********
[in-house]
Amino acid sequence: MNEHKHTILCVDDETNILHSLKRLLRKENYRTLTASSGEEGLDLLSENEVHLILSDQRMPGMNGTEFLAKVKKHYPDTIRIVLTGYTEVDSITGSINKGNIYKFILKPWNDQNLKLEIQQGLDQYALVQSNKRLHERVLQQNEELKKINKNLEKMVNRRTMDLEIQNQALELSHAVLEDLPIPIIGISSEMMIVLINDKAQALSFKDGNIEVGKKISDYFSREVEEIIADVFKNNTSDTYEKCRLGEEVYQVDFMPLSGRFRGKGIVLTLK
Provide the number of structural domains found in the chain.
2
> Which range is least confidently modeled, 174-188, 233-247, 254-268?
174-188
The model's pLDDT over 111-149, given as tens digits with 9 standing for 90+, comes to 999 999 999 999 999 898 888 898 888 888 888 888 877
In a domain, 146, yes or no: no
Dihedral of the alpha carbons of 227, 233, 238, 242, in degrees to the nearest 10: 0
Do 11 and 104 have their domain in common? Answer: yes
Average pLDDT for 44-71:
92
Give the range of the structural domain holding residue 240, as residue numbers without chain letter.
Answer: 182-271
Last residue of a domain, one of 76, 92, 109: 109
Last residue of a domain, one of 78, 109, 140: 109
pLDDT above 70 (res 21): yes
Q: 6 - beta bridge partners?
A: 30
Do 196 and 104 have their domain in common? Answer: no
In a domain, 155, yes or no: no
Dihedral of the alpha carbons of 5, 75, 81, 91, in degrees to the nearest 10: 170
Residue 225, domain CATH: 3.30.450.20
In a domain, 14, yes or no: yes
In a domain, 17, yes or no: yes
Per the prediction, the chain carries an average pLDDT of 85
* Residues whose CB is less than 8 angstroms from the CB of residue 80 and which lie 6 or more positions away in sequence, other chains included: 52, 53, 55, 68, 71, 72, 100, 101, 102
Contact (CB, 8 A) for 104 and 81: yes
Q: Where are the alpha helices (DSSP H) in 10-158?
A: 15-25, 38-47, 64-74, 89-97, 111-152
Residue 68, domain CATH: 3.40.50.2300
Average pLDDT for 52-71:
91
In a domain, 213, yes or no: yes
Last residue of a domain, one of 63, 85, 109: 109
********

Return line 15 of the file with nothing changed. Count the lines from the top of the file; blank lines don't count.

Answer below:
Last residue of a domain, one of 76, 92, 109: 109